Let’s talk guns. Everyone else is breaking out their clichés for and against them, so let’s break the mold of immobilization and actually talk about the issues.
First in any discussion that pertains to guns is the fact that the crux of the discussion cannot be about the tragedy of the moment. The shooting of the week will surely bring the discussion to the forefront of the national discussion; but the two are separate issues.
There is senseless killing, very often accomplished with guns; and there is the issue of guns in America.
Let’s begin with the latter. The United States of America is a unique nation in that the right to bear arms is fundamental to our foundation. It is the second of ten initial amendments to our Constitution. It is integral to the operation of our system of government. It is not a standalone provision that may be removed without impacting the system.
If you don’t want satellite radio on your vehicle, then you don’t get it. The vehicle operates just as well. If you don’t want a suspension system; the ride might be much bumpier than you had anticipated.
If we want to have a national discussion on guns in America, then let’s do it in the proper arena—the constitutional arena. I find it odd that the National Rifle Association has emerged as the leading advocate of Second Amendment Rights.
How about the American Civil Liberties Union? What! Those guys won’t get anywhere near this. That’s too bad because the Second Amendment is the ultimate civil liberty.
If we want to restrict or do away with guns in this nation, we must first answer a fundamental question. Do we no longer fear tyranny or oppression from our own government? Our system of government was not set up for efficiency but for stability—that no branch or individual was able to seize too much power.
Do we no longer fear tyranny or oppression from our own government?
We must first answer this question before proceeding.
The right to bear arms is about throwing off a government that no longer represents the people. I hope that we never see that day, but if we do, a few handguns against the full force of whatever government has supplanted our republic won’t do the trick.
The very weapons that cause the most damage in these mass shootings are the ones that would be needed to overthrow an unjust government. Yes, if we are at odds with tyranny in our own government, we will need assault weapons not small caliber pistols to wrestle back our liberties.
Our government is a mess, but I don’t think we need a call to arms at this point; but the question is, “Must we preserve the power to overthrow our own government should it cease to be one that is of the people, by the people, and for the people?”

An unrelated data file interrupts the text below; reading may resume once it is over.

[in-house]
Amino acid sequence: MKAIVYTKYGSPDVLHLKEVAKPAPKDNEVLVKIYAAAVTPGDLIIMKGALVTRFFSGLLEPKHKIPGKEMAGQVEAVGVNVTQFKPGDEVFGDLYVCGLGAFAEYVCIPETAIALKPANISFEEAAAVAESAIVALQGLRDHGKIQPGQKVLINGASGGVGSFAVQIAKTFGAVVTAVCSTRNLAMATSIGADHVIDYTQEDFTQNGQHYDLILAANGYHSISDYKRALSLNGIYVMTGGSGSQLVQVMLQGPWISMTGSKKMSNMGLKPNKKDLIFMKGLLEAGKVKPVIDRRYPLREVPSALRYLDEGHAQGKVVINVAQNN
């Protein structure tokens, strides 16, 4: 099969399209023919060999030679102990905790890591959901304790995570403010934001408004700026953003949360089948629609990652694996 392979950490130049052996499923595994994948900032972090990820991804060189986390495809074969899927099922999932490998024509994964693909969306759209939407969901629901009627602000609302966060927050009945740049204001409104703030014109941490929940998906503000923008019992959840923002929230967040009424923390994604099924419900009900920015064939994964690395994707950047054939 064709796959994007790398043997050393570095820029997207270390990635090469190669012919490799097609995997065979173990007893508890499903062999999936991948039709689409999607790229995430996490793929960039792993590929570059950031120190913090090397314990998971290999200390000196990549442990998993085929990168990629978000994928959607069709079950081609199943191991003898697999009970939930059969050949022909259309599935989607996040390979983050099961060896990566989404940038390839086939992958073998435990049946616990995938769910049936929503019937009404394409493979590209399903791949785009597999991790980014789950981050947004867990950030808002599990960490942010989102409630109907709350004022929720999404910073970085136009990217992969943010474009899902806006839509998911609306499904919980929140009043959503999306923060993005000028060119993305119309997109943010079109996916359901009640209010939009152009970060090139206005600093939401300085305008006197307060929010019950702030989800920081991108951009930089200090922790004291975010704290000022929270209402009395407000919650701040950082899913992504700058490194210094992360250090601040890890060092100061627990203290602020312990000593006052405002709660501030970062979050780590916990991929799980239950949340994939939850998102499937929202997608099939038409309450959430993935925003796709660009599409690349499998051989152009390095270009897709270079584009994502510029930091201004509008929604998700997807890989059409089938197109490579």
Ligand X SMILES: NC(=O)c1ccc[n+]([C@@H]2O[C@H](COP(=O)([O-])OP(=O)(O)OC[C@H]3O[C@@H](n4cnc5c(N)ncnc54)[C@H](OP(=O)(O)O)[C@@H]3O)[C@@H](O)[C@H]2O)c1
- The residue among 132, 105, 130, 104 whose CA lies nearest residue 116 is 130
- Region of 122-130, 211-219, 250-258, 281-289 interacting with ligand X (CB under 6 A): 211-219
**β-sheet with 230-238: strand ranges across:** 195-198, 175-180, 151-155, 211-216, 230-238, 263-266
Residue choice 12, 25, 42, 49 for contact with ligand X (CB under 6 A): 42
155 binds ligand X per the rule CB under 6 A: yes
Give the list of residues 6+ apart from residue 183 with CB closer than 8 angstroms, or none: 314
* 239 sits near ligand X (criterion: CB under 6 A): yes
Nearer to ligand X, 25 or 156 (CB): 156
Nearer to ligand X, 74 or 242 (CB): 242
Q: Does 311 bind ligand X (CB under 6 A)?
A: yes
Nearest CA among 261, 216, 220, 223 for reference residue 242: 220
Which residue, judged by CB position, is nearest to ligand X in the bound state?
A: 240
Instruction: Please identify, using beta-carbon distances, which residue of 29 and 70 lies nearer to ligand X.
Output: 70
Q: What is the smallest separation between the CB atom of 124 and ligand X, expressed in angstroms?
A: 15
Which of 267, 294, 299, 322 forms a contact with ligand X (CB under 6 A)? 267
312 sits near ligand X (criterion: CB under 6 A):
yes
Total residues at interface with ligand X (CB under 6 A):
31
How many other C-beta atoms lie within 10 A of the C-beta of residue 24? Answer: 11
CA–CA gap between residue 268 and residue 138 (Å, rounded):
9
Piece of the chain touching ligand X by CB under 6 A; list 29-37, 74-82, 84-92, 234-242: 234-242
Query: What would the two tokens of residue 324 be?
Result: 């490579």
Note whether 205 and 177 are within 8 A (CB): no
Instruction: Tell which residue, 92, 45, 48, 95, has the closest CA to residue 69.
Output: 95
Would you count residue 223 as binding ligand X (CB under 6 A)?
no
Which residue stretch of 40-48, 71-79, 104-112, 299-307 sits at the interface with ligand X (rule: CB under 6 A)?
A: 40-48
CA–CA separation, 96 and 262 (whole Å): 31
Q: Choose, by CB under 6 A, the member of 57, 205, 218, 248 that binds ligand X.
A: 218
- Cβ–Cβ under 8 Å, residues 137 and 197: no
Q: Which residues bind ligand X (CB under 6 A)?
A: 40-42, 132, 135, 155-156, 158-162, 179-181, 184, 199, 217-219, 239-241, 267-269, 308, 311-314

That’s a tough question. That is a gut wrenching question. That is a constitutional question not a matter for simple legislation or executive order. Constitution amendments are difficult by design, but not impossible. We have knocked out more than two dozen after the Bill of Rights. That’s an average of more than one each decade in the life of our young nation. It can be done. If it is important, it will be done.
It can be done and it should be difficult. We must decide if our duty to preserve the blessings of liberty not only for ourselves, but to our posterity, is at risk when we change the system. Make no mistake; changing the Second Amendment changes the entire system.
If we need to do this, then let’s do it as a constitutional amendment with the labyrinth of process that must accompany it. It should not be done lightly but if it is necessary, then let’s have a true national, constitutional discussion.
Knee jerk legislation and executive orders are not the answer.
But what about all of the people who will die while we are having this protracted constitutional dialogue?
That’s another issue. That is about the sanctity of life. Addressing this doesn’t take any laws or amendments. It takes a willingness to return to seeking God.
Even without another law hitting the books, it is already illegal to murder one, two, or two dozen people. Whether it is done with a truck bomb, pipe bomb, or assault weapon; the malice aforethought is what is responsible for the killing.
We as a nation must once again value life. Black lives? Yes! Hispanic lives? Yes! Asian lives? Yes. Christian Lives? Yes! Lives of people who don’t even believe in God? Yes!
Unborn life? Yes!
Ouch! Let’s frame that as a woman’s right to choose.
Let’s not. Let’s look at it first from the sanctity of life. We don’t need more abortion laws or overturned court decisions. We need to value life from conception to the last breath.
We don’t do that! We do not value life. We get upset—for a while—when a couple dozen people are killed in a school or at a Christmas party or one person is shot by a police officer but by and large, our culture does not value life.
We must return to God and value the sanctity of life if we want to see the shootings and bombings and other recurring forms of human hatred stopped in our time.
If we need a constitutional discussion of the right to bear arms, then let’s have it. It needs to be one of the most robust discussions that we have ever engaged in as a nation. It will take at least a decade.
If we want to stop the senseless violence, then let’s stop it. This has to do with everyone—not just the faithful few—the modern day remnant—but everyone repenting of their selfish ways and returning to God.
Jesus broke it down to one command, that you love one another. This is what will stop the violence. This turning from the wickedness of this age can begin now. It doesn’t have to take a decade. Once we as a nation turn to God, he will draw near to us.
We will know his blessings.
The challenge is that this will take courage. Do we have enough men and women of courage left among us to lead us back to God?
Where are you men and women of courage?
Will you lead this nation back to God and out of this senseless violence?
Where are you?